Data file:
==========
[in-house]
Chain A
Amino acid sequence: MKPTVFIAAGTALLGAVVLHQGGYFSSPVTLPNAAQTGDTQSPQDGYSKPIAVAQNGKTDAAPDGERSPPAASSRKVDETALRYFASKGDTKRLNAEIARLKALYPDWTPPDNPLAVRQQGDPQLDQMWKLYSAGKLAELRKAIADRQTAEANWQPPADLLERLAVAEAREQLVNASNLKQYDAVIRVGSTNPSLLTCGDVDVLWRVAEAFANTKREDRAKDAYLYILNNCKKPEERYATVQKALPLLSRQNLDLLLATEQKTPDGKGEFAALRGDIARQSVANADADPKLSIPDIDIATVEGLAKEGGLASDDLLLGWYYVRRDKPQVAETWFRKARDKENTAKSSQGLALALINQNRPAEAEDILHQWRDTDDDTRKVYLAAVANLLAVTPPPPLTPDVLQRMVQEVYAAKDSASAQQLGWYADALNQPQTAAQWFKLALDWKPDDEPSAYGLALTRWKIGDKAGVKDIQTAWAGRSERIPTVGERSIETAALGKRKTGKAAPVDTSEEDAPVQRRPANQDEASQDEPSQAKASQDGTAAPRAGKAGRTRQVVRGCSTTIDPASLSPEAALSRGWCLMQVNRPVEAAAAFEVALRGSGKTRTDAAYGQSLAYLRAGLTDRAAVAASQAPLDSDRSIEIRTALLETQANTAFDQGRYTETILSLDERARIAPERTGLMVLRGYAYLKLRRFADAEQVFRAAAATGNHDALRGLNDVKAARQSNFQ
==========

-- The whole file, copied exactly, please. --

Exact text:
[in-house]
Chain A
Amino acid sequence: MKPTVFIAAGTALLGAVVLHQGGYFSSPVTLPNAAQTGDTQSPQDGYSKPIAVAQNGKTDAAPDGERSPPAASSRKVDETALRYFASKGDTKRLNAEIARLKALYPDWTPPDNPLAVRQQGDPQLDQMWKLYSAGKLAELRKAIADRQTAEANWQPPADLLERLAVAEAREQLVNASNLKQYDAVIRVGSTNPSLLTCGDVDVLWRVAEAFANTKREDRAKDAYLYILNNCKKPEERYATVQKALPLLSRQNLDLLLATEQKTPDGKGEFAALRGDIARQSVANADADPKLSIPDIDIATVEGLAKEGGLASDDLLLGWYYVRRDKPQVAETWFRKARDKENTAKSSQGLALALINQNRPAEAEDILHQWRDTDDDTRKVYLAAVANLLAVTPPPPLTPDVLQRMVQEVYAAKDSASAQQLGWYADALNQPQTAAQWFKLALDWKPDDEPSAYGLALTRWKIGDKAGVKDIQTAWAGRSERIPTVGERSIETAALGKRKTGKAAPVDTSEEDAPVQRRPANQDEASQDEPSQAKASQDGTAAPRAGKAGRTRQVVRGCSTTIDPASLSPEAALSRGWCLMQVNRPVEAAAAFEVALRGSGKTRTDAAYGQSLAYLRAGLTDRAAVAASQAPLDSDRSIEIRTALLETQANTAFDQGRYTETILSLDERARIAPERTGLMVLRGYAYLKLRRFADAEQVFRAAAATGNHDALRGLNDVKAARQSNFQ